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The ride after the slide

Discussion in 'General Motorcycling Discussion' started by jim24x7, Oct 26, 2014.

  1. After just finishing recovering from a serious slide, a decision has been looming, do I keep riding ?

    I consider myself moderately experienced, riding almost every day for four years.

    Perhaps it takes the courage to get back on and ride, after the slide, to really understand the commitment and risk we take everyday. Perhaps then I can actually consider myself a motorcyclist.

  2. You slid. Get back on the thing and stop being a pussy
    • Agree Agree x 3
  3. You were a motorcyclist before the slide. Its up to you whether you still are. The slide may or may not end up making you a better rider. Were you able to take anything good/useful from it?
    • Agree Agree x 2
  4. Yes, always wear gear, the leather on the forearm failed but only after a fair distance.

    I wouldn't advise replacing the brake lever yourself, I had set it incorrectly which caused a full lock when attempting to bleed speed at about 85.

    Most importantly, admit to yourself that you were at fault and be humble. Use this as a platform to build skills and experience.
  5. Good stuff. Care to share the jacket brand? I would not expect a decent leather jacket to fail at that speed.
  6. Agreed, sorry to hear you slid though...

    Yes, you may have been at fault, but get back on. You'll be right! Live and learn :)
  7. Consider that if you gave up riding you'd have to change your sig
  8. 2 big crashes on the track (one knocked out, one broken bones), 2 minor low sides on the track minor but fast 100kph, 4 crashes on the road (hit a dog, dropped a wheelie & two low speed low sides)

    8 crashes have not stopped me, riding is like a drug, addictive, if you can stop & never look back & never get a buzz when you see a bike fly by then stop riding & never look back but if you really love riding a little slide wont stop you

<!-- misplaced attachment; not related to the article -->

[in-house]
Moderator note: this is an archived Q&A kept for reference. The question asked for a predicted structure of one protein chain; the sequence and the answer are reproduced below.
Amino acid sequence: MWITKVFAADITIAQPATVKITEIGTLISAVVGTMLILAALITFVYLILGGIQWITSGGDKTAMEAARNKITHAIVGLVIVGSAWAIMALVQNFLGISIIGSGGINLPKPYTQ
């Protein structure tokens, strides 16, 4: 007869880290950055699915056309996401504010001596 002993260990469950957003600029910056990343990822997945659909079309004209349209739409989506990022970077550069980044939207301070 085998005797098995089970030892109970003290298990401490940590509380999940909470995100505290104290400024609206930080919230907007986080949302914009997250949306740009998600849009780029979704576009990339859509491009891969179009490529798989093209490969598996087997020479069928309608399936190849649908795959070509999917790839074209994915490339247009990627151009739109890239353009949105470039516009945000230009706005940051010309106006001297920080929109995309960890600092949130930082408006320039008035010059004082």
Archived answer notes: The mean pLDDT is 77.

• Like Like x 2
  9. without the gory details, I agree in every respect

    After a broken rib episode on Macquarie Pass some years ago I was contemplating selling the bike and stopping; wiser heads here said I wouldn't, and also that I shouldn't.....

    they were right!
    • Agree Agree x 1
  10. If you have to think about it, that's your answer
  11. Details please? Sounds pretty scary :]
  12. @Unconnected@Unconnected? Is that you?

    • Like Like x 1
  13. I know you've come here to get advice and that's fine, but whatever you do, make sure it's your decision. Don't shamed (by yourself or others) to get back on the saddle, don't go out there and risk your safety and that of others just to prove something that ultimately noone gives a shit about.

    If you do get back on, don't expect it to come back straight away. Certainly you'll be a bit shaky to begin - we make a million little subconscious assumptions every time we ride, the fact that you took a slide means that at least one of yours was wrong. Now you'll be questioning all of them and riding won't feel as natural as it did before. But that will come back with time and confidence.
    • Agree Agree x 1
  14. Can't be. Muscle memory would have taken over and he would have safely completed his trip sans front brake
    • Like Like x 1
  15. Totally agree with this.

    Not sure who Unconnected is, suspect a reference to being a kook. I certainly did something extremely stupid (or wrong) when installing the brake lever.

    Been really enjoying reading everyones comments.
    • Like Like x 1
  16. Here's my second, more consideted take.

    A. When you took up riding you knew it was riskier than driving. You could get hurt or die. You decided to do it anyway. You crashed. Nothing has changed.

    B. Or, you thought you were invincible. It couldnt happen to you. In denial or stupid.

    Now you have to figure out which type of rider you are.
  17. Everyone is different.

    My advice is to go for a ride, by yourself, on quiet roads with no or little traffic. You'll know soon enough.

    If you are replacing your bike, be patient and really test ride a bike before making a decision. My wife didn't do that after her accident, we now have a 2002 SV650s sitting in the garage gathering dust.
  18. It depends if you really want to keep on riding.

    When I wrote off my last bike into the side of a car (Don't worry I wrote the car off as well. Didn't let them get away unscratched) I would have ridden my bike home but unfortunately the severe crack in the frame, busted forks, busted front wheel and headlight (night time) amongst many things prevented me from riding home the bike home. Was a bit of a scare for me but I love riding to much to give it up that easily.
  19. Hmmmm I'm now looking for a track bike. Nice little twin there